Anthropologists at the University of Toronto and the University of Cambridge have discovered the oldest cemetery in the Middle East at a site in northern Jordan. The cemetery includes graves containing human remains buried alongside those of a red fox, suggesting that the animal was possibly kept as a pet by humans long before dogs ever were.
“What we appear to have found is a case where a fox was killed and buried with its owner,” says Maher, who directs excavations at the site. “Later, the grave was reopened for some reason and the human’s body was moved. But because the link between the fox and the human had been significant, the fox was moved as well.”
The researchers say that it could suggest that foxes were at one time treated in much the same way as dogs, in that there could have been early attempts to tame foxes, but no successful domestication. Studies have shown that foxes can be brought under human control but is not easily done given their skittish and timid nature, which may explain why dogs ultimately achieved “man’s best friend” status instead.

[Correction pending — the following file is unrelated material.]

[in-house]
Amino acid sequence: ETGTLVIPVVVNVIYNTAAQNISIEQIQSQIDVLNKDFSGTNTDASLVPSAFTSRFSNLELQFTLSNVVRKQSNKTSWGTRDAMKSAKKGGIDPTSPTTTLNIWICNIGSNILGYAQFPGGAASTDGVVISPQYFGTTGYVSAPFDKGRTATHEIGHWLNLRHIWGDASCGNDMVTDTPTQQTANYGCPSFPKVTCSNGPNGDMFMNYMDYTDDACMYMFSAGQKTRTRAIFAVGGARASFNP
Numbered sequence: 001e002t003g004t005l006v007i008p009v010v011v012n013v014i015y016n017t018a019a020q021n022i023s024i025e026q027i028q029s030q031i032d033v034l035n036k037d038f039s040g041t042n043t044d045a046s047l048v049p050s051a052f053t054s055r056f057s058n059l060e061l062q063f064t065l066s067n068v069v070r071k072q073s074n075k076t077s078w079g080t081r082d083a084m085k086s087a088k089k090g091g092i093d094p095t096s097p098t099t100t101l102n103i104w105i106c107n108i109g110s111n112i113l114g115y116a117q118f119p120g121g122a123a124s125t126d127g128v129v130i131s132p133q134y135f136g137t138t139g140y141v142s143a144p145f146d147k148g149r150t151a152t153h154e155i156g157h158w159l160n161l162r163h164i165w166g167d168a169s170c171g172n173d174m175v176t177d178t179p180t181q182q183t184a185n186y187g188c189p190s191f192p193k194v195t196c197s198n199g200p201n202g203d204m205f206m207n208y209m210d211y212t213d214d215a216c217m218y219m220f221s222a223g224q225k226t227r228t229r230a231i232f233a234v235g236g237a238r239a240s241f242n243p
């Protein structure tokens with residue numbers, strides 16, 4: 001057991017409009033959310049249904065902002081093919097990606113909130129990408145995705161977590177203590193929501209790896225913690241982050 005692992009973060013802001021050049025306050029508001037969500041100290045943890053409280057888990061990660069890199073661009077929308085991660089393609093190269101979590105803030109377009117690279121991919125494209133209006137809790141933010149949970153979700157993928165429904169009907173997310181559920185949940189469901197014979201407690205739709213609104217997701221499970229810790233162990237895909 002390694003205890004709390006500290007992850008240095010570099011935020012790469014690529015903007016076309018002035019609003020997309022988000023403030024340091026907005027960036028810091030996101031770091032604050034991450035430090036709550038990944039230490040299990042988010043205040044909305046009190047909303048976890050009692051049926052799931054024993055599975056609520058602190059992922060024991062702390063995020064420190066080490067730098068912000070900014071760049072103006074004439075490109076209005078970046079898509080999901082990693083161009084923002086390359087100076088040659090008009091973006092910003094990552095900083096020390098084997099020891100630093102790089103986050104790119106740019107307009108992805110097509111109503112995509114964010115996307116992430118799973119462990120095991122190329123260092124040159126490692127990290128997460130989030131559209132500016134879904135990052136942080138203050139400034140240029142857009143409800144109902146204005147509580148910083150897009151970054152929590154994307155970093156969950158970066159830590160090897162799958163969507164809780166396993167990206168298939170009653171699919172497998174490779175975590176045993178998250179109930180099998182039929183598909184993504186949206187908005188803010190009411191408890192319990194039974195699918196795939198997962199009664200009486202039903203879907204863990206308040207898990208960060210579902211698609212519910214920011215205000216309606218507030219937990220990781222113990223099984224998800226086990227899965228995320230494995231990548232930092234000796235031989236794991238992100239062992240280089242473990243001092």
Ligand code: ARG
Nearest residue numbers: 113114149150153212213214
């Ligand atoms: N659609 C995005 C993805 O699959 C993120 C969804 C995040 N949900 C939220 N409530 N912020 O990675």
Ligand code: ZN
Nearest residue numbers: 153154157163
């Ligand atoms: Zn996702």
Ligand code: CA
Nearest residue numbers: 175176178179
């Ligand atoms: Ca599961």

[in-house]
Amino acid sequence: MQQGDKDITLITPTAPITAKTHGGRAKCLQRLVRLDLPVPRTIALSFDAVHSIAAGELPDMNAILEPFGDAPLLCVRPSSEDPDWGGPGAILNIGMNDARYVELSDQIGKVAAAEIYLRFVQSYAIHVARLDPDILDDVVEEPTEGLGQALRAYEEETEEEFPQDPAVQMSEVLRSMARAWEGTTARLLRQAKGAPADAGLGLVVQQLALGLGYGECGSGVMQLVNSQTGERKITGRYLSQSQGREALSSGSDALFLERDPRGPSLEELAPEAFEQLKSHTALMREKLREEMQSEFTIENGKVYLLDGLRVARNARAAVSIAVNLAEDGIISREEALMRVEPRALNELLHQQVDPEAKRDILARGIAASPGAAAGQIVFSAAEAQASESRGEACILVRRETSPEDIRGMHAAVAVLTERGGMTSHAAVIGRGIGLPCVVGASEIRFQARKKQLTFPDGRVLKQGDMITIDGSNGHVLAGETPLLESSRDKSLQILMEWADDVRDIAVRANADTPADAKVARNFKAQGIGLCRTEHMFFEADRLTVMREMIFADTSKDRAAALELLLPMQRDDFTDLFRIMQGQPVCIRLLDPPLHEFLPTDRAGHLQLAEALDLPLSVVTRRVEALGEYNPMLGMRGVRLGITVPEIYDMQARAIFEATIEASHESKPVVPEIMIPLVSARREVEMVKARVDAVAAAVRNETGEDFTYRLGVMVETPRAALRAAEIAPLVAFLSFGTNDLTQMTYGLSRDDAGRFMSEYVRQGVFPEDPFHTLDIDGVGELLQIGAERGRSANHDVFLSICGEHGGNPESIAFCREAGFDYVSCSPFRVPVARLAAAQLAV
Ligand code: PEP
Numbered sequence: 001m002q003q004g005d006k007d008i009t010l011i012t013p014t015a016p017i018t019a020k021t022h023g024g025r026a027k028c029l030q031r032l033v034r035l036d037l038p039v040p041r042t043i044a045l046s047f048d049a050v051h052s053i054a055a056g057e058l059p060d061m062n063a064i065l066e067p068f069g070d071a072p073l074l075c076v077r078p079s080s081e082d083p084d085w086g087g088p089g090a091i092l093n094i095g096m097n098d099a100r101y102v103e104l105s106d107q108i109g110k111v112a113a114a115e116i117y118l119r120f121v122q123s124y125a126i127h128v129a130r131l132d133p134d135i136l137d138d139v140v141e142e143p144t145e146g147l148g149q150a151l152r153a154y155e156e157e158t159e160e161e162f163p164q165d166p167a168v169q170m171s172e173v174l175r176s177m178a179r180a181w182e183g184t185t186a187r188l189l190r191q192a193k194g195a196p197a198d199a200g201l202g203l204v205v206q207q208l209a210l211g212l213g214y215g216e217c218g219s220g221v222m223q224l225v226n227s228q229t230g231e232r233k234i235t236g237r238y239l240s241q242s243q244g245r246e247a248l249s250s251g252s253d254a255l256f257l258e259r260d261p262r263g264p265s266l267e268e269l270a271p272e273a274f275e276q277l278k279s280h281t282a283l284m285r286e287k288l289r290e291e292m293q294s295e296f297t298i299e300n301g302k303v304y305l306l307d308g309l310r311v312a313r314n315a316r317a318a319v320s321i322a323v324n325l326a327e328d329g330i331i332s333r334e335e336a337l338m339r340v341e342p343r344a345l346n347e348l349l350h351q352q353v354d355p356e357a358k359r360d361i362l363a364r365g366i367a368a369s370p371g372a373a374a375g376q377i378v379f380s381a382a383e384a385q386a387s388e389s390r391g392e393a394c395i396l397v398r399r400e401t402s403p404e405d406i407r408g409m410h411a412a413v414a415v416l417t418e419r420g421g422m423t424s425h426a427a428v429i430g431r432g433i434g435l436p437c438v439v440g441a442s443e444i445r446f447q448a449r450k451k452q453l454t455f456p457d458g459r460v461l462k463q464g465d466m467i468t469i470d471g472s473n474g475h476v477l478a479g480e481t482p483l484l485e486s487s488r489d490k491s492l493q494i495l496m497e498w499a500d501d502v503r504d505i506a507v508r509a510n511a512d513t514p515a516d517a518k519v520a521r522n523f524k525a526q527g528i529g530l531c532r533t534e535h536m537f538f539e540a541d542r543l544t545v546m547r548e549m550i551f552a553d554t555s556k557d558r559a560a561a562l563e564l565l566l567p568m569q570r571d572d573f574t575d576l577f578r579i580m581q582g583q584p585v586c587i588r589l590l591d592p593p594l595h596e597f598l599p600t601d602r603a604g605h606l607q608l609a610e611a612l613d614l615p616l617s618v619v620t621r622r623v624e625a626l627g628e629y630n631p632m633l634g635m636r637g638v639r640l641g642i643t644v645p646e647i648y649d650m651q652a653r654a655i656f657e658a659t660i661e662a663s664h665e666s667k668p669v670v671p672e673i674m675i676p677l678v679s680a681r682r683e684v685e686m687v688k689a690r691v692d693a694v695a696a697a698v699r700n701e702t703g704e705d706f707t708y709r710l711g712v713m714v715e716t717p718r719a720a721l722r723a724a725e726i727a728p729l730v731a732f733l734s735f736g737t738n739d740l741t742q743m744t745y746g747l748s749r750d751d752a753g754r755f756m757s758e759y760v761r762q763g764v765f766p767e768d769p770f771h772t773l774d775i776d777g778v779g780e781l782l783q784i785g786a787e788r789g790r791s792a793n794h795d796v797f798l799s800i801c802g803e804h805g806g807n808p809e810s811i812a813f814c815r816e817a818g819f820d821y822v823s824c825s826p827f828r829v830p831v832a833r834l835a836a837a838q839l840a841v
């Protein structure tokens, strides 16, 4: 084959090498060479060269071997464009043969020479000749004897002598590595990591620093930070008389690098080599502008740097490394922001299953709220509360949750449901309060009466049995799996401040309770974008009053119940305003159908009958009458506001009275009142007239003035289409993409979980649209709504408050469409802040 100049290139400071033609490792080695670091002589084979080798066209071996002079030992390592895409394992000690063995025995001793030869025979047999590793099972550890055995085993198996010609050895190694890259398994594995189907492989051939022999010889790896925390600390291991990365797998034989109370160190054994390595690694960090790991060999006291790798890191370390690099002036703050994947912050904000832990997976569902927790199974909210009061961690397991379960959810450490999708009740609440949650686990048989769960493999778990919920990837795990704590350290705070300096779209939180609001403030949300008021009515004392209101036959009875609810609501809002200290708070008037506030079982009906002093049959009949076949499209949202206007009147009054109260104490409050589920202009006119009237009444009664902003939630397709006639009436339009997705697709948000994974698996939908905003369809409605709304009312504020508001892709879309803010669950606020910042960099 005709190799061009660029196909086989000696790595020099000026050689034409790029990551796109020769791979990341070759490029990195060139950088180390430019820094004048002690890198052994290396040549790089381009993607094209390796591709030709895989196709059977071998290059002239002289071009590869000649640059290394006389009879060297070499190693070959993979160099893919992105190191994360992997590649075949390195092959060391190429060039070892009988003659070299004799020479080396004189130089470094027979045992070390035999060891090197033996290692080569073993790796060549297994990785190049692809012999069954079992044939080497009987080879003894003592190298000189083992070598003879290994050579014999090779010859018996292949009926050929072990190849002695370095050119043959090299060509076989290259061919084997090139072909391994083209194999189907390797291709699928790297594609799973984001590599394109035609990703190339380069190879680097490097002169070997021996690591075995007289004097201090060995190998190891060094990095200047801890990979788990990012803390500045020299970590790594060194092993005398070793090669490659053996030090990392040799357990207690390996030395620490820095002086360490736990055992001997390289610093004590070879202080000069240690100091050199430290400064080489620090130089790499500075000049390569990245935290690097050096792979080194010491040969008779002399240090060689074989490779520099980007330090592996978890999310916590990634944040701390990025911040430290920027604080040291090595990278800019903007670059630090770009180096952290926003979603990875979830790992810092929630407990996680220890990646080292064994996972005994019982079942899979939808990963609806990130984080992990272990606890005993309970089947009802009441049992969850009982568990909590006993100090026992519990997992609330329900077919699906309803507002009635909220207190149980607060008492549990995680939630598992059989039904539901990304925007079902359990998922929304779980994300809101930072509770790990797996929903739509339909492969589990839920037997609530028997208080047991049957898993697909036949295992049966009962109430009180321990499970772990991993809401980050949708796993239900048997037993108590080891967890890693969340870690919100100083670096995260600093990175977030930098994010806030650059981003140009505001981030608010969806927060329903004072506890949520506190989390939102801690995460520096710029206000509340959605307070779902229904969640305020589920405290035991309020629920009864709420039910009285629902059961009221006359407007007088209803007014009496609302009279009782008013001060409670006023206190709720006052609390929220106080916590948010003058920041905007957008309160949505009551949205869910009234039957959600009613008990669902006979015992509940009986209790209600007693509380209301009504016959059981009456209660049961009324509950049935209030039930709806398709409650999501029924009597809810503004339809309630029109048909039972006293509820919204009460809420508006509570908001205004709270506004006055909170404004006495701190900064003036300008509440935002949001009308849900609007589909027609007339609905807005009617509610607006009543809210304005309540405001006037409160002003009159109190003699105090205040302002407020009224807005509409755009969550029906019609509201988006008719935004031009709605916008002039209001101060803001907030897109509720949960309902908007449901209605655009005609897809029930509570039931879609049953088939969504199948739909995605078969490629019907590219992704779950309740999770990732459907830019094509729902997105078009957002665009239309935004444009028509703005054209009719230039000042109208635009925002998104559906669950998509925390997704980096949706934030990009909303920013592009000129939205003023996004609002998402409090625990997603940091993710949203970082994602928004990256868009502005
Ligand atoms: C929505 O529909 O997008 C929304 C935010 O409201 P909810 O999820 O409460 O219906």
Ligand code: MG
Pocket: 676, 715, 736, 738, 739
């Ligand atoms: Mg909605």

“However, it is also noteworthy that the graves contain other animal remains, so we can only take the fox-dog analogy so far,” says Banning. “We should remember that some more recent hunter-gatherers consider themselves to have social relationships with a wide range of wild animals, including ones they hunt, and that this sometimes led to prescribed ways to treat the remains of animals, as well as to represent relationships between particular humans and particular animals.” Banning says that the “pet” hypothesis is only one among several, which happens to fit with modern preconceptions about human-dog relationships.